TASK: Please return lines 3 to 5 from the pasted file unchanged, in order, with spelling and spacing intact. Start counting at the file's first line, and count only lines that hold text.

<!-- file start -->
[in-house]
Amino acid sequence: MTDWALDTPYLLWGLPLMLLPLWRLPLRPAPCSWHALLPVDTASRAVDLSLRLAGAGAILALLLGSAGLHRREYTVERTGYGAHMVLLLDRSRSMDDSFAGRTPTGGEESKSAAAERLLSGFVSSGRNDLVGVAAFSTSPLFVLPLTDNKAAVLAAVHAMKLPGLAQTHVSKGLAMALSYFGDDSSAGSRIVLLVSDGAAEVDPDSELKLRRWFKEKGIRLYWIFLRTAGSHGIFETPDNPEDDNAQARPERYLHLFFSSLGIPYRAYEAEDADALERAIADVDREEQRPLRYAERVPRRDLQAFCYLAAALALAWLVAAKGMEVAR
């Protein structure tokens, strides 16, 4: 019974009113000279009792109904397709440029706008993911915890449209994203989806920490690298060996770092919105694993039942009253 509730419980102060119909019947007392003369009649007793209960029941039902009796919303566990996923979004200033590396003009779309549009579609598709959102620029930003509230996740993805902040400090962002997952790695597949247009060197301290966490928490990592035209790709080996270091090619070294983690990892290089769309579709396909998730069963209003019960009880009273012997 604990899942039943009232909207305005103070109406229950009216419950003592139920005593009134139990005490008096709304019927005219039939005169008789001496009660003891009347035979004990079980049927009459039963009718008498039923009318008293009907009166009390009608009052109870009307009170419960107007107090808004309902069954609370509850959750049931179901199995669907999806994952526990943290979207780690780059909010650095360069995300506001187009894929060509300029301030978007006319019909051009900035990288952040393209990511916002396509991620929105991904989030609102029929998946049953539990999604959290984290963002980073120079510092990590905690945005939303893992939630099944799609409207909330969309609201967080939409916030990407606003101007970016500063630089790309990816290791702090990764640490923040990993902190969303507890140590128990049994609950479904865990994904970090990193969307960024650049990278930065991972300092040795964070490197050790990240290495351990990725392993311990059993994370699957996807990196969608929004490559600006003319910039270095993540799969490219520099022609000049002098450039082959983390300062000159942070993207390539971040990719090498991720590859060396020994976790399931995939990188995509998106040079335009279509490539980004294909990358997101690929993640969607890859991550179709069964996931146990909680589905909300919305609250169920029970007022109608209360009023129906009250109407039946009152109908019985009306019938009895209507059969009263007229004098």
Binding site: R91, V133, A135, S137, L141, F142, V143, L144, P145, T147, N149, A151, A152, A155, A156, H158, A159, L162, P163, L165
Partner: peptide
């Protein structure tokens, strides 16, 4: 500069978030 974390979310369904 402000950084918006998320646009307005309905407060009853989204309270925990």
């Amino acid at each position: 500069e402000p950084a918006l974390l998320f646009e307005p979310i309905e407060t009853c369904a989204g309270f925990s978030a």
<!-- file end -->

């Protein structure tokens, strides 16, 4: 019974009113000279009792109904397709440029706008993911915890449209994203989806920490690298060996770092919105694993039942009253 509730419980102060119909019947007392003369009649007793209960029941039902009796919303566990996923979004200033590396003009779309549009579609598709959102620029930003509230996740993805902040400090962002997952790695597949247009060197301290966490928490990592035209790709080996270091090619070294983690990892290089769309579709396909998730069963209003019960009880009273012997 604990899942039943009232909207305005103070109406229950009216419950003592139920005593009134139990005490008096709304019927005219039939005169008789001496009660003891009347035979004990079980049927009459039963009718008498039923009318008293009907009166009390009608009052109870009307009170419960107007107090808004309902069954609370509850959750049931179901199995669907999806994952526990943290979207780690780059909010650095360069995300506001187009894929060509300029301030978007006319019909051009900035990288952040393209990511916002396509991620929105991904989030609102029929998946049953539990999604959290984290963002980073120079510092990590905690945005939303893992939630099944799609409207909330969309609201967080939409916030990407606003101007970016500063630089790309990816290791702090990764640490923040990993902190969303507890140590128990049994609950479904865990994904970090990193969307960024650049990278930065991972300092040795964070490197050790990240290495351990990725392993311990059993994370699957996807990196969608929004490559600006003319910039270095993540799969490219520099022609000049002098450039082959983390300062000159942070993207390539971040990719090498991720590859060396020994976790399931995939990188995509998106040079335009279509490539980004294909990358997101690929993640969607890859991550179709069964996931146990909680589905909300919305609250169920029970007022109608209360009023129906009250109407039946009152109908019985009306019938009895209507059969009263007229004098």
Binding site: R91, V133, A135, S137, L141, F142, V143, L144, P145, T147, N149, A151, A152, A155, A156, H158, A159, L162, P163, L165
Partner: peptide